China Warns Obama Against Meeting Dalai Lama, Calls It ‘Gross interference’
By Sounak Mukhopadhyay | February 21, 2014 6:21 PM EST
China asked U.S. President Barack Obama to cancel his plans of meeting the Dalai Lama, the Tibetan spiritual guru who is presently in exile. China warned Mr. Obama that there could be "serious damage" in the relation between the countries. Mr. Obama is supposed to meet the Dalai Lama on Friday, Feb 21.
The White House National Security Council, on the other hand, declared that Mr. Obama did not have any plans to cancel his meeting with the spiritual leader, Reuters reported. The Dalai Lama is a Nobel Peace Prize winner who is expected to meet the U.S. president at the White House. Mr. Obama is supposed to discuss his concern about human rights violations in China.
China, however, does not consider the Dalai Lama suitable enough to have political discussions with. It has already called him a "wolf" in disguise of a sheep who intends to perform violent methods to form an independent Tibet. The Dalai Lama took refuge in India after the failure of the 1959 uprising in Tibet. He, on the contrary, keeps on insisting that he genuinely wishes for an autonomous Tibet. At the same time, he has always denied the allegations that he advocates violence.
Hua Chunying, the spokesperson for the Foreign Ministry of China, issued a statement where it was emphasised that the meeting between the Dalai Lama and the U.S. president would be considered as a "gross interference" by the United States in the internal affairs of China. On the other hand, the meeting is also considered as a "serious violation of the norms of international relations". She has urged that the U.S. should get engaged in encouraging a person like the Dalai Lama.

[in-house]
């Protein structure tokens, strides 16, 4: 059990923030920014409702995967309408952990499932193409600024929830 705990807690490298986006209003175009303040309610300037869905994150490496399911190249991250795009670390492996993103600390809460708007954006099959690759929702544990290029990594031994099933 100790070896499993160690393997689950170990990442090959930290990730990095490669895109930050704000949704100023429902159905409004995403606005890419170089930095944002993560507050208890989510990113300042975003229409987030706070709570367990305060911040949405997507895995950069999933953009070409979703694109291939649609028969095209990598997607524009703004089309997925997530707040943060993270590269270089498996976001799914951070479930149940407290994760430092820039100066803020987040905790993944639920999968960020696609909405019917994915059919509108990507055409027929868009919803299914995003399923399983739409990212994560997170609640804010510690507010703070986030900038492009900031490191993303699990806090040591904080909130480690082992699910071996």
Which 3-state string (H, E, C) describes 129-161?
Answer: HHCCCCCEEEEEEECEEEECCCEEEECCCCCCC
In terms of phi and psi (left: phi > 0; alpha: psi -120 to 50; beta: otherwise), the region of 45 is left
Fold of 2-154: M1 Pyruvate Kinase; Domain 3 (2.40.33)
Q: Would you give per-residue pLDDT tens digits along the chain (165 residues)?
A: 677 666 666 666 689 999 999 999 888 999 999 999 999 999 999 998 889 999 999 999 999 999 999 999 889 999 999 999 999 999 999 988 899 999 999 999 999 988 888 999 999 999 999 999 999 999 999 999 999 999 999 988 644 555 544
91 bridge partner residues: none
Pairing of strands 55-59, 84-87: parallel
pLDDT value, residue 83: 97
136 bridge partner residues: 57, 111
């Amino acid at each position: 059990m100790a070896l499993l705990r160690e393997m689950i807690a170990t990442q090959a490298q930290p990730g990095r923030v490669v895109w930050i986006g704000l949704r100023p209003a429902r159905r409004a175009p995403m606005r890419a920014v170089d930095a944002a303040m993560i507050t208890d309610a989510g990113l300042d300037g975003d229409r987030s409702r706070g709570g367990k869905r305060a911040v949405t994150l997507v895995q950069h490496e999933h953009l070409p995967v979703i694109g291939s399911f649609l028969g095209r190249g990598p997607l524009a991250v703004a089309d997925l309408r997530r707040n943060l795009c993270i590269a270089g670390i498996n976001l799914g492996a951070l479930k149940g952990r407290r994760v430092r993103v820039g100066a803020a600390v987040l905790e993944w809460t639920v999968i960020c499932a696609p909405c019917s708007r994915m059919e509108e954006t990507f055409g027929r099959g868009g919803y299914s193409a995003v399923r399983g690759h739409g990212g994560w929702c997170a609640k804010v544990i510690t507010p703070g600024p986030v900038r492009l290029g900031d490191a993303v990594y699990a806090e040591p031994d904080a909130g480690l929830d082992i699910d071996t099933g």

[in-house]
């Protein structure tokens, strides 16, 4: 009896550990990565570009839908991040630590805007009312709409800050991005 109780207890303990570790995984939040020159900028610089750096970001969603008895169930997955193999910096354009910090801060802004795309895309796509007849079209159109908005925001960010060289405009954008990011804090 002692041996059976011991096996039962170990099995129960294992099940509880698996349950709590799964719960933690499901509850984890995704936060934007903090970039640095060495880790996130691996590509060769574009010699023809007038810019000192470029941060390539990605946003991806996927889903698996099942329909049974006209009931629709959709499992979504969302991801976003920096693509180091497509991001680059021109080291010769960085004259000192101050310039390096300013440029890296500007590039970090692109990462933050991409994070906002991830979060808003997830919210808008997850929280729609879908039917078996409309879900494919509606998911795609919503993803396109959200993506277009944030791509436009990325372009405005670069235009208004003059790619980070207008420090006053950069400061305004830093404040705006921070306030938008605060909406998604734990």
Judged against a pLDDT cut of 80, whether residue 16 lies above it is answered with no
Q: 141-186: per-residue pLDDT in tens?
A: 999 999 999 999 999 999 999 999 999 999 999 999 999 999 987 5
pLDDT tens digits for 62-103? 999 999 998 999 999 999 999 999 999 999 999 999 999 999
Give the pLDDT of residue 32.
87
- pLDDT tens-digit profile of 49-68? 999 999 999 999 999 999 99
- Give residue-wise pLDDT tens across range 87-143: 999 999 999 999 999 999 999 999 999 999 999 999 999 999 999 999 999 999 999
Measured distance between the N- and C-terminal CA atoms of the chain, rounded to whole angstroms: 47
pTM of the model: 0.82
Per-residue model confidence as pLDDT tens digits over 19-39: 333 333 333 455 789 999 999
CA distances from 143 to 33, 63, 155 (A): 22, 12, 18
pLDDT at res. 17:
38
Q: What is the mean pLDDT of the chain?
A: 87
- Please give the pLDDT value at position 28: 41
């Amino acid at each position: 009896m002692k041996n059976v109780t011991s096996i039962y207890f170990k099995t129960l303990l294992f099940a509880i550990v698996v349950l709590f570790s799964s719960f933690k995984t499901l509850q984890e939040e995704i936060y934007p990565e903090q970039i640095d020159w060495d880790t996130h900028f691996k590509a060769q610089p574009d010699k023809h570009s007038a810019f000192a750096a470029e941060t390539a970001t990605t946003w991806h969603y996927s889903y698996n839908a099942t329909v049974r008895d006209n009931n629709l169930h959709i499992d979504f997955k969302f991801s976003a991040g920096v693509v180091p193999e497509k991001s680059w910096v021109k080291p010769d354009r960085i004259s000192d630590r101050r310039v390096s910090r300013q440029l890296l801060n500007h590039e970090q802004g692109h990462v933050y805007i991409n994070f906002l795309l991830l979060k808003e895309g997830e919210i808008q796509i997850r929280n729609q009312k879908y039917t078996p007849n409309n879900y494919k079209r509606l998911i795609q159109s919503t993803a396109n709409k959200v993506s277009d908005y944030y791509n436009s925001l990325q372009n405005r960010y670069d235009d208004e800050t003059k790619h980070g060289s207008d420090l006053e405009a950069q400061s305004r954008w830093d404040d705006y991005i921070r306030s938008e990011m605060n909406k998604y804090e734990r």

This is, however, not the first time Mr Obama is going to meet the Dalai Lama. Mr Obama previously met him in 2011 and China reacted in a similar manner at that time as well. Interestingly, China did not engage in any retaliation as it declared that it was careful not to cause tensions between the biggest economies in the world.
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